Fifth Column – Right Up The Apples & Pears – Issue 9

Why does the cliche ‘Apples’ and ‘Pears’ serve as a useful comparative header for any argument?
If it is merely superficial in terms of their apparent difference as signifiers, then each term can be easily substituted by any other, and I think more appropriate dissimilar terms: Shit and Sugar; Long and Tall; Black and Blue, and so on.

When looked at further these two terms have more similarities than differences. Both grow on trees, and have pips that need to be removed before fully enjoying the flesh of each succulent fruit. They both hang from stalks that attach each to its respective tree. They both make very good fillings for pastries. Would it not serve us better if we want to headline significant differences in two comparative issues, to use something like They (the issues represented by the terms such as apples and pears) are as unlike as a Macaque monkey and a Strawberry. Or as incomparable as A Tower Block and A Cat. I’m sure you could think of many others.

The tired and frankly unworthy use of what passes for serious thought and argument is galling, especially in this modern age that by various measures considers itself the ultimate in human development. Do you think that use of terms/cliches such as ‘apples’ and ‘pears’ in order to represent difference lacks sophistication of thought and at best, can be seen as merely an avoidance of any useful and dynamic comparison of two or more elements in any argument? (Write your opinion onto the back of a spent productivity sheet and leave it where it can’t be seen.)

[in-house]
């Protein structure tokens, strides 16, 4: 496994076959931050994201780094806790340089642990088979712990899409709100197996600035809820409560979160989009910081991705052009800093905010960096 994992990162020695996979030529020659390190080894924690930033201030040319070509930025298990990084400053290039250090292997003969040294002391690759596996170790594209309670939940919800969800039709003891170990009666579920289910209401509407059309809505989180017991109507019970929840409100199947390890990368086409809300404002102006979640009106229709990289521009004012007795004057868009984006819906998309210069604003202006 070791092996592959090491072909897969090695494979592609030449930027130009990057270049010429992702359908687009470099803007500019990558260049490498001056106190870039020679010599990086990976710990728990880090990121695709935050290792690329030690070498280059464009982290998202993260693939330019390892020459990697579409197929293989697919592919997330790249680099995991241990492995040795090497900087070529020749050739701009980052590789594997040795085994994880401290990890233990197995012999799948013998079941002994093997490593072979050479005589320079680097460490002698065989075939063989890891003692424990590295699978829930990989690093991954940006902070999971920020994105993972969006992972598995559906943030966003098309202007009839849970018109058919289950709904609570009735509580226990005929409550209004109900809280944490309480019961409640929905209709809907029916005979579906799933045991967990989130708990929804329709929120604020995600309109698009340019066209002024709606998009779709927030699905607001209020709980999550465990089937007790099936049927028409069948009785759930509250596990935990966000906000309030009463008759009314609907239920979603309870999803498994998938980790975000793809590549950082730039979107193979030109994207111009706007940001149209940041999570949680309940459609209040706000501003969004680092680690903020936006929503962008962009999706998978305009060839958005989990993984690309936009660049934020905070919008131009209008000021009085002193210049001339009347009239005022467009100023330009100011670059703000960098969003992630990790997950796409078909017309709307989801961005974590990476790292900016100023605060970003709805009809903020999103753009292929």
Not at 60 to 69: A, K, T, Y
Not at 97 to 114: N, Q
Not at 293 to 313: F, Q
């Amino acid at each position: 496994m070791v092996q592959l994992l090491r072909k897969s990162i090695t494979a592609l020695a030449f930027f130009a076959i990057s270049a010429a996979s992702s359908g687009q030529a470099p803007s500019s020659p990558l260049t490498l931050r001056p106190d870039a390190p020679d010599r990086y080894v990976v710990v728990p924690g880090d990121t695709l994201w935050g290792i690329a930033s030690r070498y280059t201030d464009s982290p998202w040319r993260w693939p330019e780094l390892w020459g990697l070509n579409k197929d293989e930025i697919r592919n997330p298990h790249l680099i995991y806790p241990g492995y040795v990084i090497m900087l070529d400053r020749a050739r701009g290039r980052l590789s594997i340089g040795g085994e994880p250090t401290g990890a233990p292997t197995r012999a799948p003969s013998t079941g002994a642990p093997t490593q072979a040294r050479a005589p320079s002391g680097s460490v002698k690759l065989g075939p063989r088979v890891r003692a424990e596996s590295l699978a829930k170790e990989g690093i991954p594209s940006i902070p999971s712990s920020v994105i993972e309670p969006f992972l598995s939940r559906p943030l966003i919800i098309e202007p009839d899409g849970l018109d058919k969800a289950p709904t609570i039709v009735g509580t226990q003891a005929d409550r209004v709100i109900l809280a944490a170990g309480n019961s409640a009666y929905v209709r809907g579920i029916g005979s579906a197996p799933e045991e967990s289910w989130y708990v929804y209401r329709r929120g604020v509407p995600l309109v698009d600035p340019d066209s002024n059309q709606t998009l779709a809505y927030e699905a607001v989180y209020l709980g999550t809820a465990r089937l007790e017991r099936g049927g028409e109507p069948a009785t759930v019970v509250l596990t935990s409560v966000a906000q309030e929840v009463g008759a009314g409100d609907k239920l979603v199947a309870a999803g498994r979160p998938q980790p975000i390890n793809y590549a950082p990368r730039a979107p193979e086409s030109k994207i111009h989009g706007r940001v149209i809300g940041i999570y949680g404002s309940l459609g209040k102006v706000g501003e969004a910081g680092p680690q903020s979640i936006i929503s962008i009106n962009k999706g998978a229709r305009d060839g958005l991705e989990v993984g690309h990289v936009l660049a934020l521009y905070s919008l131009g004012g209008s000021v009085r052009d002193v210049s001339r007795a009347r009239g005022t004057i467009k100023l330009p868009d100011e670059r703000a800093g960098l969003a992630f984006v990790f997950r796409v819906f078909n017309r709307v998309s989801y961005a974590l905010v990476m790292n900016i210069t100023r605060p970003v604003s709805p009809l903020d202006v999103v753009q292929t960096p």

One of the more satisfying feelings as a human organism at the end of a day is to ascend the apples and pears (apologies for any willing bungalow dwellers or habitual lift users) having had a day of thoughtful contemplation of the vagaries and beauties of existence. The contentment of being legitimately tired from healthy analysis and not fatigued from a day of thoughtless, and cliched honest toil that furthers any human progressive project not a jot. Think about it; apples and pears are more alike than different, so, unless you are making a feeble attempt to avoid or deflect attention from an issue that would otherwise be interesting, you should use more appropriate terms to illustrate the nuances and differences to illustrate a point. Go on, just do it, you know it makes sense.

Just as the term communism has become symbolic as a catch-all term to refer to forms of dictatorial state control and oligarchic tyranny, democracy has become simplistically symbolic of freedom (and vice-versa). So, for the apples and pears issue we could use ‘communism and freedom’ or ‘capitalism and oligarchic tyranny’, when it is only on the surface that these terms are useful for illustrating difference.

My intention is just to discourage the use of friendly, seemingly benign terms such as ‘apples and pears’ that merely blow ‘smoke’ and uses ‘mirrors’ to obfuscate the real significance of any argument of difference.

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